The Real Reason Pants Were Objectionable In The Roman Empire

Women throughout history fought for the right to wear pants, but that trend in female fashion did not widely catch on until around the mid-20th century, as Britannica notes. Of course, men were wearing pants long before that, as the alternative (or no pants at all) would be quite controversial in most cases. These days, pants are such a staple in menswear, in fact, that it's easy to take them for granted. There was a time, though, in ancient Rome, when a man wearing pants was considered objectionable, as Atlas Obscura explains.

If men weren't wearing pants in ancient Rome, then what were they wearing? Roman fashion for both genders can be summed up by the two "T's," or tunics and togas — tunics were casual, and togas were worn for fancy occasions, according to Fibre2Fashion. At its peak, the Roman Empire spanned roughly 2 million square miles, as History writes. Within that vast space were many different cultures, each one with its own style of clothing. It was this Roman point of view on certain colonized people — with whom the Roman Empire frequently fought throughout history — that led some Roman men to consider breeches to be distasteful.

Gaulish men were known to wear breeches

Around 50 B.C. the Roman conquest of Gaul (modern-day France) at the hands of Julius Caesar was complete, as Britannica notes. In Caesar's view, the native people of Gaul he encountered during his time fighting within the country were uncivilized. And what were they wearing? You guessed it, pants, which were most often made from animal skins, as the History of Yesterday notes. The same proved true of other Germanic peoples the Romans came across as they conquered Europe, many of whom were called "barbarians." A famous Roman poet named Ovid recalled what one group of people he met looked like and what they wore, including trousers. "Only their faces" were visible, Ovid wrote. Interestingly, the term "barbarians" has come to mean anyone who is uncouth or lacking in proper manners, however, the original ancient Greek word simply meant anyone who didn't speak Greek or adhere to their culture, according to Ancient Pages.

Nevertheless, trousers or pants came to represent an otherness to the people Rome would conquer, and with whom Rome would need to fight to keep under control. According to the University of California, Berkeley historian Susanne Elm, speaking with Atlas Obscura, Roman orators used pants-wearing to describe these so-called foreign tribes, maligning each as backward and uncivilized, particularly as compared to Roman high society. 

One particular recorded example of this involved one particularly deft argument from the lawyer Marcus Tullius Cicero, representing a shamed governor of Gaul. Cicero used the local fashion as a way of painting the Gauls in a bad light by asking the judges in the governor's trial, "Do you think that, with [the Gauls] military cloaks and their breeches, they come to us in a lowly and submissive spirit ... ? Nothing is further from the truth."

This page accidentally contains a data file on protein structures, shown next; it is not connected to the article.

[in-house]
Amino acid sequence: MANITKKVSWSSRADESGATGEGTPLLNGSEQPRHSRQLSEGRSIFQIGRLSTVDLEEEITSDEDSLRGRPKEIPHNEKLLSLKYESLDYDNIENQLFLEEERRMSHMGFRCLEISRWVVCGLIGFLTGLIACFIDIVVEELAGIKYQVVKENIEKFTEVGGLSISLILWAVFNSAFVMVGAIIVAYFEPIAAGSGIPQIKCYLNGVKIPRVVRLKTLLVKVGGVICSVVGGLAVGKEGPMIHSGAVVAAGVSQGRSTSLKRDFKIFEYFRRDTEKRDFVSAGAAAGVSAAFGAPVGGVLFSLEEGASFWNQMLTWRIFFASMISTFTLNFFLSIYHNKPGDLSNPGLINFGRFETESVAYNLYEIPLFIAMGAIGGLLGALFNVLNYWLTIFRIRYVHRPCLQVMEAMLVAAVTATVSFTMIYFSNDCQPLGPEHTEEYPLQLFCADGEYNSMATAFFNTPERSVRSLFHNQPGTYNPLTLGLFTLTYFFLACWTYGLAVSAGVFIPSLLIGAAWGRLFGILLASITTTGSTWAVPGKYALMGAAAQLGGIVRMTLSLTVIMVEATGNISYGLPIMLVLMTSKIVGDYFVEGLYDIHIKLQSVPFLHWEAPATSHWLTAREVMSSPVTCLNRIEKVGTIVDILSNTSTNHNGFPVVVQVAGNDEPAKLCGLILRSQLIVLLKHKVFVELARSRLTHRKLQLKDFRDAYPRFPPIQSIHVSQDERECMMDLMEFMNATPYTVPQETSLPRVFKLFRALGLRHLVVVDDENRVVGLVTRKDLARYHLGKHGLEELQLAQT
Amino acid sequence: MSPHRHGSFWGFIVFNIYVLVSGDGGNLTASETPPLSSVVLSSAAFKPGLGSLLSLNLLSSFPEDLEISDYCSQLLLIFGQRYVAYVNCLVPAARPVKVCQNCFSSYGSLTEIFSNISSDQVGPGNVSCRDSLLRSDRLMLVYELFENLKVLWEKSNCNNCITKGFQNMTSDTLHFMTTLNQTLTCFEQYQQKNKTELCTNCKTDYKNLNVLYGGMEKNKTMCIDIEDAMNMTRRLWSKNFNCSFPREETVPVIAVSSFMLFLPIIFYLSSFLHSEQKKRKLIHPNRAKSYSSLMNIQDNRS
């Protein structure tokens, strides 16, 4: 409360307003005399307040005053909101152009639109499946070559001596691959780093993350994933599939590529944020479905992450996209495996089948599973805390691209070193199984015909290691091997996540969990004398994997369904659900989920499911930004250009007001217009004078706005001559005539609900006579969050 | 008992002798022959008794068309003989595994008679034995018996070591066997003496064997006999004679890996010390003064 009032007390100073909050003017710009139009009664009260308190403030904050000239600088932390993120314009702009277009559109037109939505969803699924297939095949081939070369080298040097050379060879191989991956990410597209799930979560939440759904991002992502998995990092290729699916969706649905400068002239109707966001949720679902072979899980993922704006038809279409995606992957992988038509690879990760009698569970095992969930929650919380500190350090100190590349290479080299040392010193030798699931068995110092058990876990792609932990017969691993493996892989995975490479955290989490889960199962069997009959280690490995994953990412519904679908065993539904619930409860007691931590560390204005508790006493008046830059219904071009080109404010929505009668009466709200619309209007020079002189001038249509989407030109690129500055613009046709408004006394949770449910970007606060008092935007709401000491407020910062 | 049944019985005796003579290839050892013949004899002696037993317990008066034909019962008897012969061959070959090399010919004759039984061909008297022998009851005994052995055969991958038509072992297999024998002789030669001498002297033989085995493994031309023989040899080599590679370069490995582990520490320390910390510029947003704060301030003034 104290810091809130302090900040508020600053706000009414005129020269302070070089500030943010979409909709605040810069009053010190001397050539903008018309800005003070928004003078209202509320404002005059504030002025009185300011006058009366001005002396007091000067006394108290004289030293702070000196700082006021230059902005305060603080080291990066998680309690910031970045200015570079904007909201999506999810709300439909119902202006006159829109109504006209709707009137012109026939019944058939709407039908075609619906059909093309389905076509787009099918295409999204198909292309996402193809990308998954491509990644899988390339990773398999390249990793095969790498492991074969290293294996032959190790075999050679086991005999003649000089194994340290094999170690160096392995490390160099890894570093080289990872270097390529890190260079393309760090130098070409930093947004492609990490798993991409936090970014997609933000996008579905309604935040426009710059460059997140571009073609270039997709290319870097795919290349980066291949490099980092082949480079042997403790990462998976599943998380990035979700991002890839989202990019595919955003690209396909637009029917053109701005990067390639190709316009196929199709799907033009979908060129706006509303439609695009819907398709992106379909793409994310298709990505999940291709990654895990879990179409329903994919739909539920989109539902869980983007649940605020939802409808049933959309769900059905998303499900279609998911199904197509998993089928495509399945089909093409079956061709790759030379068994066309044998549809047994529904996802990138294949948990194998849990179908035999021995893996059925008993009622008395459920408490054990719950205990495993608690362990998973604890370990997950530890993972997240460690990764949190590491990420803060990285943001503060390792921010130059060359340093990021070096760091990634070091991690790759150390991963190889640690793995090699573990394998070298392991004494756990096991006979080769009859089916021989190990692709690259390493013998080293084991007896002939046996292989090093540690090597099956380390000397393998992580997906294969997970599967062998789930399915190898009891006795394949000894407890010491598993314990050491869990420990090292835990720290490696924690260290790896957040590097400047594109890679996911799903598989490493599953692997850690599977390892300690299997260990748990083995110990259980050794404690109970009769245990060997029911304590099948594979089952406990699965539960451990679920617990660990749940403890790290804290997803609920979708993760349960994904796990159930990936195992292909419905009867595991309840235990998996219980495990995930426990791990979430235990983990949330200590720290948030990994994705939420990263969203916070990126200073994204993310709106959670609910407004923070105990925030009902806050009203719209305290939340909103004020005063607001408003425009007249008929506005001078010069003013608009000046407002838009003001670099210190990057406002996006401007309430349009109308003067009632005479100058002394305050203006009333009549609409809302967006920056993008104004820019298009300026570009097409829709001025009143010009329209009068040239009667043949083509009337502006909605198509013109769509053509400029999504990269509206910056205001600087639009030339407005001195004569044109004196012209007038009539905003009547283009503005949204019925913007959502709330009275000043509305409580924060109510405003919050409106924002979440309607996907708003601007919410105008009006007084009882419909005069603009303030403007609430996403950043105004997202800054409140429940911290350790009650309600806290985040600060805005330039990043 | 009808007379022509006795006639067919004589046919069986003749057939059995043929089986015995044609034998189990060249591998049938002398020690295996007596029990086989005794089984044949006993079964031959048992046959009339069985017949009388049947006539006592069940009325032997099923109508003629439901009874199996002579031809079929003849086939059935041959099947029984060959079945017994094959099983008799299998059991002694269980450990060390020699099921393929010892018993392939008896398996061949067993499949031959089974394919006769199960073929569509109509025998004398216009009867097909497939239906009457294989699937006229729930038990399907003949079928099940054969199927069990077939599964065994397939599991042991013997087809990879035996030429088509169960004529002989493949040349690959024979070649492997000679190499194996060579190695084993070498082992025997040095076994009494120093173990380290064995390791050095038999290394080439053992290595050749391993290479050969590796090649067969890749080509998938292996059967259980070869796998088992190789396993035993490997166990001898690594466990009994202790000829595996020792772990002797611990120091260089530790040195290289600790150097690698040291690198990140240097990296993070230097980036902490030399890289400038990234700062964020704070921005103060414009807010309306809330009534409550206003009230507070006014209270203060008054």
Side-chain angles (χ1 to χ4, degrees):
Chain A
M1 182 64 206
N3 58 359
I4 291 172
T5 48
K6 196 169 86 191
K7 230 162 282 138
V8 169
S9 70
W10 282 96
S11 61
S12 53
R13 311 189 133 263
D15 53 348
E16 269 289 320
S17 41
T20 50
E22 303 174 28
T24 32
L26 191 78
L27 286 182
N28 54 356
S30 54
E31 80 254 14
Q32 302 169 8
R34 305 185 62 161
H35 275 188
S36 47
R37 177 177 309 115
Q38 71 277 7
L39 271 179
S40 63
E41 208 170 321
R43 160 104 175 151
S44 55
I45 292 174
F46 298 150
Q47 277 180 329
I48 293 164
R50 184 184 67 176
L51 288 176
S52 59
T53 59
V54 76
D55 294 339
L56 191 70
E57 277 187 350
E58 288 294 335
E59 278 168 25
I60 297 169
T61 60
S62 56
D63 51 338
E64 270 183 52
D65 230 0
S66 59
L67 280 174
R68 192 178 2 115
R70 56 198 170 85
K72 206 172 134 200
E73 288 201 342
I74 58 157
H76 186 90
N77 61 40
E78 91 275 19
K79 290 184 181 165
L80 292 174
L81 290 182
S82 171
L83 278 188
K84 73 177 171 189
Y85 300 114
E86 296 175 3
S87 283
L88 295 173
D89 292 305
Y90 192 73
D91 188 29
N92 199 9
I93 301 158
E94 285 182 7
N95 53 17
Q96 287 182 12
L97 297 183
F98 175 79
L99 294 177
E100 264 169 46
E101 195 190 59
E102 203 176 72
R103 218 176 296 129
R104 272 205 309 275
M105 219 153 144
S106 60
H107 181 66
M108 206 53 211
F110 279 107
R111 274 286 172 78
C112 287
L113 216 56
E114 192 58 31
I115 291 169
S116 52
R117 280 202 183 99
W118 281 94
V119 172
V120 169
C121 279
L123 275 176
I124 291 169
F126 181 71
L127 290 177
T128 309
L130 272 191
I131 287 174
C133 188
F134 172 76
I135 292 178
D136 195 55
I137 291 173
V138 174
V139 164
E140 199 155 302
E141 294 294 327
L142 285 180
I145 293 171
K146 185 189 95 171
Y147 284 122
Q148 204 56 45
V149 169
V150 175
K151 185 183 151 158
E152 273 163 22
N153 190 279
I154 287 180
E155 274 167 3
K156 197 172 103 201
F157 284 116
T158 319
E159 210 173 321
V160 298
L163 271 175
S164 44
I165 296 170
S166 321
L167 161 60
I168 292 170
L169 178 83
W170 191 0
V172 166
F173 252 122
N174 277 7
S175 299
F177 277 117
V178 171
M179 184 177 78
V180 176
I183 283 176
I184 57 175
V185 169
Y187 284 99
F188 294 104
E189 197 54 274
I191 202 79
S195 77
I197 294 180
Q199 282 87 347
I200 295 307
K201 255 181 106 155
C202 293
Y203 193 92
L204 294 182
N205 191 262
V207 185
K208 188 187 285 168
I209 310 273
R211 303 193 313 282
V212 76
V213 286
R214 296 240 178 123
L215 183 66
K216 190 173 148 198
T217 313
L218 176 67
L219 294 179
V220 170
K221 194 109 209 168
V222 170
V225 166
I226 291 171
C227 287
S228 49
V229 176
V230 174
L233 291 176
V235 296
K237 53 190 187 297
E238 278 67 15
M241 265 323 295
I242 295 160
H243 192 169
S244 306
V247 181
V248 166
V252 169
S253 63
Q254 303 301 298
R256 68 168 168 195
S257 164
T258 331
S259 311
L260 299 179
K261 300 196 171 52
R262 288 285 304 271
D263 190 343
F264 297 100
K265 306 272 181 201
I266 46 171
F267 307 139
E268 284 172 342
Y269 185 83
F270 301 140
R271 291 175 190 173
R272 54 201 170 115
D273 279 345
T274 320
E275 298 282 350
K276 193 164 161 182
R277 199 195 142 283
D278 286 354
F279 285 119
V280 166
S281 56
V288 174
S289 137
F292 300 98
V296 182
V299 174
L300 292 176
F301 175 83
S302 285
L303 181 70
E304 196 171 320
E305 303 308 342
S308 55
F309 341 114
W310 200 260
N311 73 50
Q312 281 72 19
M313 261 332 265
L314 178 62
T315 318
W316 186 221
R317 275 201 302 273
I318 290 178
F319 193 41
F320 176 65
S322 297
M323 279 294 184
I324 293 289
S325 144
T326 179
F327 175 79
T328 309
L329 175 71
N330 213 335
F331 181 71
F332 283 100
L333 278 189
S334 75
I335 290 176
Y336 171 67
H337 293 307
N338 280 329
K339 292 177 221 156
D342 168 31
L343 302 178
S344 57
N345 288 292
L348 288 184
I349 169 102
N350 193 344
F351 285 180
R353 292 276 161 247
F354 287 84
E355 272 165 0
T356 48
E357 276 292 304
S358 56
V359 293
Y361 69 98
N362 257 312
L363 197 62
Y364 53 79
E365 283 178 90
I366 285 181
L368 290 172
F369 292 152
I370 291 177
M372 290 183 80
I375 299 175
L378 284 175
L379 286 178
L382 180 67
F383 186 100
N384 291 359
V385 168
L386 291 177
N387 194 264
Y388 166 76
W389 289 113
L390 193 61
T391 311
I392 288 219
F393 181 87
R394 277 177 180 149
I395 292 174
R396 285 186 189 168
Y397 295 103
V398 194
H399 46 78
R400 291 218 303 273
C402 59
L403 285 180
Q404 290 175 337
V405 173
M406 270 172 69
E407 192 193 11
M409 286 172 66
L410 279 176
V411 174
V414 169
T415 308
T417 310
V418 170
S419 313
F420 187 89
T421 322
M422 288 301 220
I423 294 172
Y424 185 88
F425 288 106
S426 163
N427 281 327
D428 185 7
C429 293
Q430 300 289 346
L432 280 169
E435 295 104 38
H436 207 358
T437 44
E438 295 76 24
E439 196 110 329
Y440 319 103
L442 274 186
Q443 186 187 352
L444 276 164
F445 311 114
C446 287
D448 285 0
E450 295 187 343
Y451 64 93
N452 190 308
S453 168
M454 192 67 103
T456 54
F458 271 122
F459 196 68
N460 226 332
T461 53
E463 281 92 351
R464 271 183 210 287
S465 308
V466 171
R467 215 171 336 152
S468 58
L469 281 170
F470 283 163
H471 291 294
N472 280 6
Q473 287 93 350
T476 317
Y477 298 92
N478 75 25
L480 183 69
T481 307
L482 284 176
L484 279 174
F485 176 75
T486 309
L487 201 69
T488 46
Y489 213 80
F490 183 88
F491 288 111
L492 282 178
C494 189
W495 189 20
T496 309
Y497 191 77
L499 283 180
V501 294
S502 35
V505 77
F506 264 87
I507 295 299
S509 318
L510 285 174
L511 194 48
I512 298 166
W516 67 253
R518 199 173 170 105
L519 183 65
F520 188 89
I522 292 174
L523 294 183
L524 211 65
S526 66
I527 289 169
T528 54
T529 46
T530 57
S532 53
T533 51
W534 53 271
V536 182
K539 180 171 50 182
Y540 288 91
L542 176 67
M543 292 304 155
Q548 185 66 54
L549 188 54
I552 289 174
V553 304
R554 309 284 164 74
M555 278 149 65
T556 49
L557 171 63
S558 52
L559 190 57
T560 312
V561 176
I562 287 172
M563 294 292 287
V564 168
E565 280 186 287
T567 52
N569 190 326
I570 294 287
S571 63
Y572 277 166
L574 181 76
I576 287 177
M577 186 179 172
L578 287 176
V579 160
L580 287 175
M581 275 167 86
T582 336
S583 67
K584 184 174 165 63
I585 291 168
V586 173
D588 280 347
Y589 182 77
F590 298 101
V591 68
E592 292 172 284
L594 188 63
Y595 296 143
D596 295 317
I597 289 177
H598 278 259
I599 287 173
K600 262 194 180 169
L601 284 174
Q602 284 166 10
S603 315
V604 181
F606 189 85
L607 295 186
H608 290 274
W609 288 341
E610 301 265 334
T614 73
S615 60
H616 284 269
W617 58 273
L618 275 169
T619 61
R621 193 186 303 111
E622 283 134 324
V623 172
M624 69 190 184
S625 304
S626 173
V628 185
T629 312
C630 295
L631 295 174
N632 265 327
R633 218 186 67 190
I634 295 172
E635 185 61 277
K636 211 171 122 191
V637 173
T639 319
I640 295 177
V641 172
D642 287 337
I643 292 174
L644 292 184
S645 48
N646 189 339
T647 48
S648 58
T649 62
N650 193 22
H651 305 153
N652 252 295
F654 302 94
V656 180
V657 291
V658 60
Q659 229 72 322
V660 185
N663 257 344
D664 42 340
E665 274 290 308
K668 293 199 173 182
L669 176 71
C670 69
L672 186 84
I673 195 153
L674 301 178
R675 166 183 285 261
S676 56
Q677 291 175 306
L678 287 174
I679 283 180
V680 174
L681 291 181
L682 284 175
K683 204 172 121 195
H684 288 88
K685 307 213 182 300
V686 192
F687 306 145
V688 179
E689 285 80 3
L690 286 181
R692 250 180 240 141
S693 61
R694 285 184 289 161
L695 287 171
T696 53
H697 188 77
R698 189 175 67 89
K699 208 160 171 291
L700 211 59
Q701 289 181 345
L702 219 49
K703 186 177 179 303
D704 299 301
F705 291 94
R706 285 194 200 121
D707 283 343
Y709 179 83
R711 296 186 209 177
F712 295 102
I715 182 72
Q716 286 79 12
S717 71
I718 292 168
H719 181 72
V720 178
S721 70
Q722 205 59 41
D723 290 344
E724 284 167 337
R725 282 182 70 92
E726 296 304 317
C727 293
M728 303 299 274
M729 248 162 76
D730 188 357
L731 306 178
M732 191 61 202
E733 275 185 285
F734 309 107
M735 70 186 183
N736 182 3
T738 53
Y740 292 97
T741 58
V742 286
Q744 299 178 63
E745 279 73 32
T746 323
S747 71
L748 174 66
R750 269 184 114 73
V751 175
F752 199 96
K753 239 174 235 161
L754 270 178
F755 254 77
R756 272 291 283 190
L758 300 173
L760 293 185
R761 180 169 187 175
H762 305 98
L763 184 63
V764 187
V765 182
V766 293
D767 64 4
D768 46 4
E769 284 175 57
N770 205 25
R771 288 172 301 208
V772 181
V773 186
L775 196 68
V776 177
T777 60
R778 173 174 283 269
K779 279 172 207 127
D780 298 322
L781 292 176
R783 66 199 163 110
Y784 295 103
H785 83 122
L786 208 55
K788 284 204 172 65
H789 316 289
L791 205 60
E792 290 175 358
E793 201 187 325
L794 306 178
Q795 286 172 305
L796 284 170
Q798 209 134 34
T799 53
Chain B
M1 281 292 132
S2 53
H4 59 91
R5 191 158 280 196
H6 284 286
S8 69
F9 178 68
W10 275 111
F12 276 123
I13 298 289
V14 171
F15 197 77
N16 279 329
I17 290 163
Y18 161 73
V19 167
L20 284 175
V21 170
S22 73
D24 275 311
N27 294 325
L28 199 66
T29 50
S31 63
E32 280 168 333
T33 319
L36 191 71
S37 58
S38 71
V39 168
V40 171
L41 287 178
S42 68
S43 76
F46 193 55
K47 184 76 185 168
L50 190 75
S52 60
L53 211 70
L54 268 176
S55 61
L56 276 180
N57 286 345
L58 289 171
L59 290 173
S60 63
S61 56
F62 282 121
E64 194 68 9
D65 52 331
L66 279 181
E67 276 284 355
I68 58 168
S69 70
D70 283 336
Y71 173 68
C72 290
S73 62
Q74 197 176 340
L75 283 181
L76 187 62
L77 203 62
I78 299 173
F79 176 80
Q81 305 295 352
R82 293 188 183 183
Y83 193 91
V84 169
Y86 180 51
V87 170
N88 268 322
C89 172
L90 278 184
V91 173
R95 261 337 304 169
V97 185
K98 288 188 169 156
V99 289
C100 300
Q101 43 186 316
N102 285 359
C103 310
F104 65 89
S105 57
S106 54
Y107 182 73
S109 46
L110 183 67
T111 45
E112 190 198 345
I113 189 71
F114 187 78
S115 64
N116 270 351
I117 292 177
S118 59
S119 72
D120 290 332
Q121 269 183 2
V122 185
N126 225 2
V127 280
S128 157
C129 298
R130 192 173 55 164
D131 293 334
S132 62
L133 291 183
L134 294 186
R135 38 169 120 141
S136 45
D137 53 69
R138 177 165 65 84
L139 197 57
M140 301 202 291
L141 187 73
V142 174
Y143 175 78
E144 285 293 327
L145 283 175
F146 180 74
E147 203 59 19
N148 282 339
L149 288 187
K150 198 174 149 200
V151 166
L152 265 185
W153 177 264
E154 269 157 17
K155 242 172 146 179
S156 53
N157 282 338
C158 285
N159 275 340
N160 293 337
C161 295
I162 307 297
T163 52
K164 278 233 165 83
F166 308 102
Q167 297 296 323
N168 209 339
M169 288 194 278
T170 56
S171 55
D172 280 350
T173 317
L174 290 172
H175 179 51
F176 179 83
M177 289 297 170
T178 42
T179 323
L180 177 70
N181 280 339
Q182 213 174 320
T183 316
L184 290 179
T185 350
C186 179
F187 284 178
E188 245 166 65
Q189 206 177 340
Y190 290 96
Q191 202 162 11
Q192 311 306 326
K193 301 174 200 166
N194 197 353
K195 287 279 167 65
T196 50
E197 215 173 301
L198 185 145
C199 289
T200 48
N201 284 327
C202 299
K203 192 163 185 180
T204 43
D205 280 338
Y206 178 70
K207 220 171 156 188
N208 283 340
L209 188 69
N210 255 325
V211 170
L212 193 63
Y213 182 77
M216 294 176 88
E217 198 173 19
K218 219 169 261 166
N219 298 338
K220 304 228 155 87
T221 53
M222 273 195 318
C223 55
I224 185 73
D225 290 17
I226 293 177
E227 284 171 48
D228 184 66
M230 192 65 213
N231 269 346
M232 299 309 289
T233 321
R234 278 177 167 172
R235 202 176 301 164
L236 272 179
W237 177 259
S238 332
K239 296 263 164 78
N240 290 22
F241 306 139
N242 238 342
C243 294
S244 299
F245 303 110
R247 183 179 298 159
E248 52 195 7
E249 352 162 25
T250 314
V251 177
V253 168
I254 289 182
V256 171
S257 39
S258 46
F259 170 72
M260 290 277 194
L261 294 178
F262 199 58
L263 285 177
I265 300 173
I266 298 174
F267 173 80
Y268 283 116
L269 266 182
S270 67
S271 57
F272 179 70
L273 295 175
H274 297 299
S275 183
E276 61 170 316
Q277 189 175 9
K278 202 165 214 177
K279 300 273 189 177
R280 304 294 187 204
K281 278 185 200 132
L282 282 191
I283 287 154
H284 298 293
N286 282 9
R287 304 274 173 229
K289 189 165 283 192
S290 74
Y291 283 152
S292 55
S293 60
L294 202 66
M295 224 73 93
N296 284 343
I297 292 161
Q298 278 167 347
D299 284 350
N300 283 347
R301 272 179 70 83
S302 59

The precipitation of these images throughout Roman society made wearing pants simply unfashionable. But over time, that began to change.

Wearing pants became more acceptable

As late as around A.D. 100 pants-wearing was still considered the domain of uncouth foreign hordes, alongside river-bathing and ponytails, as Roman historian, Publius Cornelius Tacitus (pictured), described, according to Atlas Obscura. Around that same time, though, Roman soldiers began wearing a kind of trouser they called a braccae. These early versions of the common trouser were made predominantly of wool and held up by a drawstring, and were better suited for the colder climates where the Roman armies were fighting much more often, especially in northern and northwestern Europe, per Tribunes and Triumphs. As pants-like attire became much more common among the ranks of Roman soldiers, they also became more popular in the general population.

To quell this trend, men were not allowed to wear pants under orders from the Roman Emperors (at the time there were two), as Atlas Obscura also notes. Not too long after that, though, around A.D. 500 Rome had fallen to those same pants-wearing Germanic tribes, like the Visigoths under King Alaric, which the Romans referred to as barbarians. With that, pants-wearing slowly became less taboo, and according to professor and author Kelly Olson, speaking with Atlas Obscura, trousers were even then worn in the only remaining Roman court in Constantinople. Bearing all that in mind, it's safe to assume the Romans still put their pants on one leg at a time just like we do.